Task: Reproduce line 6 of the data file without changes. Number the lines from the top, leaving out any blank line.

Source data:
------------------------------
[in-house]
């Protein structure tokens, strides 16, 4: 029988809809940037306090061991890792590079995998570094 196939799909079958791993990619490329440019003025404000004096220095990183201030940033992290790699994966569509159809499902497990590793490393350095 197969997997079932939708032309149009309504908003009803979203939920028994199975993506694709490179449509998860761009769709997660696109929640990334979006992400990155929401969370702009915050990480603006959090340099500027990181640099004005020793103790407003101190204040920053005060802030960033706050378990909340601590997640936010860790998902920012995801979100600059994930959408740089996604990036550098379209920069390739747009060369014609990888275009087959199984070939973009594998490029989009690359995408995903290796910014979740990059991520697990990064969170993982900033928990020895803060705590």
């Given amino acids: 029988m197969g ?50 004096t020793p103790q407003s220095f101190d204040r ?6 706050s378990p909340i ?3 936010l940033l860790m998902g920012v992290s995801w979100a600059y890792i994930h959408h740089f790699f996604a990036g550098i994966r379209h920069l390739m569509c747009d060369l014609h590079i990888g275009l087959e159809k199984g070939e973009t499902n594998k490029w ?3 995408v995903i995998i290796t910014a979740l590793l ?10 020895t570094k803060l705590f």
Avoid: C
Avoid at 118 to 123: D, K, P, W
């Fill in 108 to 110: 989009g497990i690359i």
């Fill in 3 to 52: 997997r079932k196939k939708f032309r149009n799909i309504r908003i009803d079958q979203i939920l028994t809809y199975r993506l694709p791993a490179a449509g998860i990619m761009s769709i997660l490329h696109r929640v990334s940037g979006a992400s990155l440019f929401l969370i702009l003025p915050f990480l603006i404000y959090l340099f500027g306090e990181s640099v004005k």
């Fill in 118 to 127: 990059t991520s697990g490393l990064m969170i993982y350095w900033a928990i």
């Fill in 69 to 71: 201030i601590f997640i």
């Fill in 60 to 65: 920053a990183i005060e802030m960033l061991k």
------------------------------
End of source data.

């Fill in 108 to 110: 989009g497990i690359i």